Project Profiles: Offices and Warehouses

Boston Logan International Airport Hangar

Because daylighting provides light for maintenance operations and reduces energy costs, the design included alternating opal and clear panels and a series of unique sloped doors with 3-story-tall polycarbonate corners.

Because daylighting provides light for maintenance operations and reduces energy costs, the design included alternating opal and clear panels and a series of unique sloped doors with 3-story-tall polycarbonate corners.

Retrofit Team

Architect: Fennick McCredie Architecture Ltd., Boston
Engineer: WSP Parsons Brinckerhoff, Montreal
General Contractor: Gilbane Building Co., Providence, R.I.
Glazing Design: Extech/Exterior Technologies Inc., Pittsburgh
Glazing Installer: Lymo Construction Co. Inc., Merrimack, N.H.

Materials

Fennick McCredie Architecture developed a unique design for the hangars’ retrofit. Because daylighting provides light for maintenance operations and reduces energy costs, the design included alternating opal and clear panels and a series of unique sloped doors with 3-story-tall polycarbonate corners.

Many daylighting facades were considered but were passed over in favor of the LightWall system. LightWall was selected because its non-yellowing and translucent panels provide optimal light allowance, the glazing material delivers efficient operation of the sliding doors, and the fabricator was able to meet the challenge of the compressed project timeline. Innovation in design also led to the selection of the LightWall system for the hangar retrofit.

One issue encountered was the hangar facades needed to be strong and durable, yet lightweight and flexible so the doors could be easily opened and closed. During the design process, the fabricator developed special reinforced clips that allowed the panels to handle test loads in excess of 100 pounds per square foot. This provided the durability and flexibility the hangars required. the system can withstand wake turbulence from engine startup while maintaining a lightness that enables a cost-saving reduction in the strength of the operating hardware.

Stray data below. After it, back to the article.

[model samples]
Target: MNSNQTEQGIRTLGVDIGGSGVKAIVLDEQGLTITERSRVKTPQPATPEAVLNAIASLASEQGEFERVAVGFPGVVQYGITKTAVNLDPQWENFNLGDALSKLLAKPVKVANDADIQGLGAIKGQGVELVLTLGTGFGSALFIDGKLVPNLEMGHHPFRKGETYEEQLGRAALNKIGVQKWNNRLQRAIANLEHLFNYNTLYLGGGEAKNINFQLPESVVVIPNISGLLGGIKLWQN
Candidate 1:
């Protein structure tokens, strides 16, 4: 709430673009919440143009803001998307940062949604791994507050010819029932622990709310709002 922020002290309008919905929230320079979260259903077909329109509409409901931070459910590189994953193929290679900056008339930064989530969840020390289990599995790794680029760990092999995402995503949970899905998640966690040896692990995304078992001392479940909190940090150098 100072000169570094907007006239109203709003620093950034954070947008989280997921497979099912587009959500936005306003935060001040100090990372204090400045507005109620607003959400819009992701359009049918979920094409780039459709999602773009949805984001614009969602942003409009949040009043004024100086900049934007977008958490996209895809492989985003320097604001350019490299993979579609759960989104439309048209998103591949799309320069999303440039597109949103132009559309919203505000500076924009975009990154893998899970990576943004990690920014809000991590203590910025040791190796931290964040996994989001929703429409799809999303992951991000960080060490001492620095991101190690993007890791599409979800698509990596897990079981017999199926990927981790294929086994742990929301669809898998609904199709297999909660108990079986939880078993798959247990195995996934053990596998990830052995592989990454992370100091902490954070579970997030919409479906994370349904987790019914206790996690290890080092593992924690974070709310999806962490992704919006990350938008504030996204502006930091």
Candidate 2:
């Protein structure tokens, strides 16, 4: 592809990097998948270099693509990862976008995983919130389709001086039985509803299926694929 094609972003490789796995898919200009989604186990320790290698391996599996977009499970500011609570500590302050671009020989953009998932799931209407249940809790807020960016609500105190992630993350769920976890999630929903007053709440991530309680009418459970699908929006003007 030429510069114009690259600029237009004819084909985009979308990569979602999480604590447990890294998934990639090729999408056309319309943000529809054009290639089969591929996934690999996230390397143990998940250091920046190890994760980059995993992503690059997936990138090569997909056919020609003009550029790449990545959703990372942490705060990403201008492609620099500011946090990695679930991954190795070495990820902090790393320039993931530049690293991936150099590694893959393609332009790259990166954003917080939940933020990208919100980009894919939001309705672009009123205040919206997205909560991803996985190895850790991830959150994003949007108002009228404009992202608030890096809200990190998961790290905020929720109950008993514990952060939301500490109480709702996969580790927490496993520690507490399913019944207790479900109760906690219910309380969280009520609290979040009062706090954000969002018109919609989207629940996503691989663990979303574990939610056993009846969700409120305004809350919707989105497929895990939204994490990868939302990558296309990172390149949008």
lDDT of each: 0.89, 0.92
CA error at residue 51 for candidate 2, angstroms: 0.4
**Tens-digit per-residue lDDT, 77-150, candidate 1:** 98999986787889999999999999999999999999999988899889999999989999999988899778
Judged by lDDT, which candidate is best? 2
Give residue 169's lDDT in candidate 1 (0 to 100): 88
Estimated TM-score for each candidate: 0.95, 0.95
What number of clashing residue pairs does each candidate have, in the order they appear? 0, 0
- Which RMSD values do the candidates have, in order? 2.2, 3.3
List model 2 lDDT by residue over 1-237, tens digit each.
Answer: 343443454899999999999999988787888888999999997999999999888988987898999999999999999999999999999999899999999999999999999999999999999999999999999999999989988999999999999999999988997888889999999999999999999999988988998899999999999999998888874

Glazing Fabricator: Extech

LightWall was selected because its non-yellowing and translucent panels provide optimal light allowance, the glazing material delivers efficient operation of the sliding doors, and the fabricator was able to meet the challenge of the compressed project timeline.

LightWall was selected because its non-yellowing and translucent panels provide optimal light allowance, the glazing material delivers efficient operation of the sliding doors, and the fabricator was able to meet the challenge of the compressed project timeline.

The Retrofit

The Massachusetts Port authority needed to renovate two maintenance hangars at the airport. Constructed with metal panel walls and steel-sash glass windows, the new England winters and harsh aviation environment had taken a brutal toll on the buildings. The project called for materials that could withstand the location while delivering good thermal performance, optimal insulating value and long-term savings on energy costs. The project also demanded a speedy installation so flight schedules were impacted as little as possible.

Today, the renovated hangars at Boston Logan International Airport stand strong (having endured one of new England’s toughest winters in recent memory) while delivering the natural light, energy savings and impact resistance required for the project.

PHOTOS: William Horne

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